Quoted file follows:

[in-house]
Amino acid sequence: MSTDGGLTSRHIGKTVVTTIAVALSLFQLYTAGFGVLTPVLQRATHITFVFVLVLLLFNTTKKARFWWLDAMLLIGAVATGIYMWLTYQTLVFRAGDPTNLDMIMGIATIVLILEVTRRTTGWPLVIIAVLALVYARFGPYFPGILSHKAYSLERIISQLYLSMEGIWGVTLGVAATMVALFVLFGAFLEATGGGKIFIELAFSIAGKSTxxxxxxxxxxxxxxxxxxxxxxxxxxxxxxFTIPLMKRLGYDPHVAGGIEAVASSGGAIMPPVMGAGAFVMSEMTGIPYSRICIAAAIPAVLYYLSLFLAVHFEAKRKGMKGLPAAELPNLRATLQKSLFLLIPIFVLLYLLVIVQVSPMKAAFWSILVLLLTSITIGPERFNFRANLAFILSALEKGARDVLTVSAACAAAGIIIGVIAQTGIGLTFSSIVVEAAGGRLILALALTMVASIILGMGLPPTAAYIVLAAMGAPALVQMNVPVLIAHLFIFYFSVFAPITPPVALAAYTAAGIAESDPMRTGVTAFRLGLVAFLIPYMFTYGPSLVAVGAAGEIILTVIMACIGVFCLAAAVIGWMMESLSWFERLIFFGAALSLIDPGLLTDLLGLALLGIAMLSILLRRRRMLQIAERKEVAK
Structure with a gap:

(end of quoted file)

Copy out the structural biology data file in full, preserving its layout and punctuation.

[in-house]
Amino acid sequence: MSTDGGLTSRHIGKTVVTTIAVALSLFQLYTAGFGVLTPVLQRATHITFVFVLVLLLFNTTKKARFWWLDAMLLIGAVATGIYMWLTYQTLVFRAGDPTNLDMIMGIATIVLILEVTRRTTGWPLVIIAVLALVYARFGPYFPGILSHKAYSLERIISQLYLSMEGIWGVTLGVAATMVALFVLFGAFLEATGGGKIFIELAFSIAGKSTxxxxxxxxxxxxxxxxxxxxxxxxxxxxxxFTIPLMKRLGYDPHVAGGIEAVASSGGAIMPPVMGAGAFVMSEMTGIPYSRICIAAAIPAVLYYLSLFLAVHFEAKRKGMKGLPAAELPNLRATLQKSLFLLIPIFVLLYLLVIVQVSPMKAAFWSILVLLLTSITIGPERFNFRANLAFILSALEKGARDVLTVSAACAAAGIIIGVIAQTGIGLTFSSIVVEAAGGRLILALALTMVASIILGMGLPPTAAYIVLAAMGAPALVQMNVPVLIAHLFIFYFSVFAPITPPVALAAYTAAGIAESDPMRTGVTAFRLGLVAFLIPYMFTYGPSLVAVGAAGEIILTVIMACIGVFCLAAAVIGWMMESLSWFERLIFFGAALSLIDPGLLTDLLGLALLGIAMLSILLRRRRMLQIAERKEVAK
Structure with a gap: